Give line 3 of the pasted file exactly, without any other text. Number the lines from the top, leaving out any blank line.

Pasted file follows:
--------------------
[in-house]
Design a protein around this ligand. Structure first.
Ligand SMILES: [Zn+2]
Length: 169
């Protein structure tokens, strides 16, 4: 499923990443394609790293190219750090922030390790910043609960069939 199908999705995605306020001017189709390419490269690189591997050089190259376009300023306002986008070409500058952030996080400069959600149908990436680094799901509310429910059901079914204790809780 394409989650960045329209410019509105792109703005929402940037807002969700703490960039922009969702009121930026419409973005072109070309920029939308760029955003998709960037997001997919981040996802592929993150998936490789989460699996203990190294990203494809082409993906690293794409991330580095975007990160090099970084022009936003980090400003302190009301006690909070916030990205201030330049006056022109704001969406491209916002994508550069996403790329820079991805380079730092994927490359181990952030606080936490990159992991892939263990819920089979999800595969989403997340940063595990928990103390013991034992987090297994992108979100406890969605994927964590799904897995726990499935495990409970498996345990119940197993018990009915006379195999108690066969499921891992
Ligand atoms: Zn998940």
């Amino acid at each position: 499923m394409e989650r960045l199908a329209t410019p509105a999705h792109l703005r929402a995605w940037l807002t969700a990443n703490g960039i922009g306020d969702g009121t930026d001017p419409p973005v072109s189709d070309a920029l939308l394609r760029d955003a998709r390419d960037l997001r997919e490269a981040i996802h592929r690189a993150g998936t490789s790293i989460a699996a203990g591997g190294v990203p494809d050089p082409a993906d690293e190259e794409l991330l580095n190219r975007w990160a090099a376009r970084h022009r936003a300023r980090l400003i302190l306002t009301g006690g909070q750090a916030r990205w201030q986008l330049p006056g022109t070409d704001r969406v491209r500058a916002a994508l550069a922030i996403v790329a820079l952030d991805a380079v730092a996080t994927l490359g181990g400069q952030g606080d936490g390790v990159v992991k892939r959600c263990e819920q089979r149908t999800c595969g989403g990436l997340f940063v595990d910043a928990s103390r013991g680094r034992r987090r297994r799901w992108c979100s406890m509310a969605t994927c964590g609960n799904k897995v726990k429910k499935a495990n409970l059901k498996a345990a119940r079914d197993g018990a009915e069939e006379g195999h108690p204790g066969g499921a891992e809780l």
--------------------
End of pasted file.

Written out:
Ligand SMILES: [Zn+2]